Well, I can't tell you why the body responsible for filling vacancies on your board hasn't done so. It should. 

As for the NPF Act, we don't give legal advice here - all our answers are in accordance with RONR, and any applicable procedural statute takes precedence. For legal advice, you'd need to talk to an attorney. 

We tried to find someone to fill in the vacancy but we have 4 YES, 2 NO and 2 Abstained at our last board meeting (6 present and 2 did not show up). We need 3/4 approval from the board members, so 3/4 of 6 = 4.5 or 5.

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1 hour ago, EdmChurch said:

The term for the elected chairperson will be expired on Jul 1, 2019. So the number of board members we going to have will be 7?

Under the Not-for-Profit Corporation (NPF) Act, a corporation is required to specify in its articles either a fixed number of directors or a minimum and maximum number of directors (refer to subsection 7(1) of the NFP Act).

So i don't see my church using fixed number nor using min/max number of directors. Am i missing something?

 

In your first message you seemed to indicate that your full board had a fixed number (12) seats.  

Bear in mind that the authorized board size and the quorum are two very different things.

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10 minutes ago, Gary Novosielski said:

In your first message you seemed to indicate that your full board had a fixed number (12) seats.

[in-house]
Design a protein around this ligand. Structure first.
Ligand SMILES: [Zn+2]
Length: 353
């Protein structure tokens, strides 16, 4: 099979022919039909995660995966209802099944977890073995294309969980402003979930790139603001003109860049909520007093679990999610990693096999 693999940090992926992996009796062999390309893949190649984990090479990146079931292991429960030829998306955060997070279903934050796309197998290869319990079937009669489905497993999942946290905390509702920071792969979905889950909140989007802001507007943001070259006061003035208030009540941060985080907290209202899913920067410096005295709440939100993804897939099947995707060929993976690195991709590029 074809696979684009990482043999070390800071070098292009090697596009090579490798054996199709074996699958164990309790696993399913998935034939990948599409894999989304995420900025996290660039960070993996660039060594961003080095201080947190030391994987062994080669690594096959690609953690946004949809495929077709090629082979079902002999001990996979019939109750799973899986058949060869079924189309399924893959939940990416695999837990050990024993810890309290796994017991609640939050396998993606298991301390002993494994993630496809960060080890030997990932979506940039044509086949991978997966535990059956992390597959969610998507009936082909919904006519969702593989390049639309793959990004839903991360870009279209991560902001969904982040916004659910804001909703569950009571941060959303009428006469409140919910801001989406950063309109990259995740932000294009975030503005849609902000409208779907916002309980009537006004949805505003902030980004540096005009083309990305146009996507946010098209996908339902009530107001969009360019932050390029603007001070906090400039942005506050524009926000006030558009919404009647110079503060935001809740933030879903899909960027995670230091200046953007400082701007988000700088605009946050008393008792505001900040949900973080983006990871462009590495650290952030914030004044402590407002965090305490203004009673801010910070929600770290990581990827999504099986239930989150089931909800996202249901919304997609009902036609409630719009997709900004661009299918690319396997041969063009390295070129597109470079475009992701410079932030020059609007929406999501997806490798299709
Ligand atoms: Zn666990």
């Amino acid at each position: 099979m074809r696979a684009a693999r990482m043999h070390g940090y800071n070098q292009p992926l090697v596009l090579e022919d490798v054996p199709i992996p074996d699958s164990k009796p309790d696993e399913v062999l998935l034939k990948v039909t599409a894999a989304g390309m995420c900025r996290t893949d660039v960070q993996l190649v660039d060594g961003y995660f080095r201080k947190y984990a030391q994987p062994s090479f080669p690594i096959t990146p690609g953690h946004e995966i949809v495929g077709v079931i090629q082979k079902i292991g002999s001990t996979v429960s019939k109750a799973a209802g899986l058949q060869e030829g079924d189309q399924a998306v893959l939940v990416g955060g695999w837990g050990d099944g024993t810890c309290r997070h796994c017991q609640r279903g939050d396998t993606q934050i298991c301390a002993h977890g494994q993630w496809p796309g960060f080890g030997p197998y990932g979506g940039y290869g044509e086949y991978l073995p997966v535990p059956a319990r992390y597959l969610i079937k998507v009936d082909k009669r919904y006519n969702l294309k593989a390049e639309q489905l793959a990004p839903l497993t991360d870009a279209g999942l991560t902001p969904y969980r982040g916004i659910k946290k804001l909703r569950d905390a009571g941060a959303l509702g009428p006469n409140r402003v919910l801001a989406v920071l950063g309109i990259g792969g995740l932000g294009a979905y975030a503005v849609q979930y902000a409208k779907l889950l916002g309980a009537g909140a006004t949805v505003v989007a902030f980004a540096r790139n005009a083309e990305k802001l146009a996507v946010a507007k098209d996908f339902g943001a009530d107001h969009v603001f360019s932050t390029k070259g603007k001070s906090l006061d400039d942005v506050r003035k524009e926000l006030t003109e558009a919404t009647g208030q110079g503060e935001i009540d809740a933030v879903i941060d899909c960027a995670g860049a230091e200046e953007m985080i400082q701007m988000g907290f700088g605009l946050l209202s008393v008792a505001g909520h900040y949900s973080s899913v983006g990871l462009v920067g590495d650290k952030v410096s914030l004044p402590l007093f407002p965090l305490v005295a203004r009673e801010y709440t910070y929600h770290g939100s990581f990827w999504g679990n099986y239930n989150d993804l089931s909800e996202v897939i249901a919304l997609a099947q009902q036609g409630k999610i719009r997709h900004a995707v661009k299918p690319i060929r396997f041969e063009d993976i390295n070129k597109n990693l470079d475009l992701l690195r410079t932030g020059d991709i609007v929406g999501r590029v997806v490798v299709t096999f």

Bear in mind that the authorized board size and the quorum are two very different things.

Other than what i have mentioned so far, all our meeting will be carried out according to the lastest edition of the RONR if we silents on (i.e. not being mentioned in our bylaws).

On one hand i am trying to understand our bylaws requirements, but on the other hand i am trying to understand did our bylaws follows the NFP Act.

The Act said, "If a vacancy occurs on the board of directors, the remaining directors can continue to exercise all the powers of directors as long as the number of remaining elected directors constitutes a quorum, that is, a majority of the directors, or the minimum number of directors required at a meeting, unless otherwise specified in your corporation's by-laws (refer to subsection 136(2) of the NFP Act)."

So what constitutes a quorum in my case? We required a minimum of 2/3 of board members in attendance at any meeting.

I am not asking legal advise here but trying to understand all these numbers here. I appreciated all your folks' help here.

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1 hour ago, EdmChurch said:

Under the ... Act, a corporation is required to specify in its articles either a fixed number of directors or a minimum and maximum number of directors....

So i don't see my church using fixed number nor using min/max number of directors. Am i missing something?

The Articles of Incorporation are different from your bylaws and are filed with the government. The church office likely has a copy.

But I agree with Mr. Katz that you said your bylaws specify a number and that you should be filling your vacancies.

1 hour ago, EdmChurch said:

The term for the elected chairperson will be expired on Jul 1, 2019.

Do the bylaws language about the term mention "and" or "or" the election of their successors? Depending on the exact language, the term may be extended if there is no replacement chosen.

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4 minutes ago, Atul Kapur said:

The Articles of Incorporation are different from your bylaws and are filed with the government. The church office likely has a copy.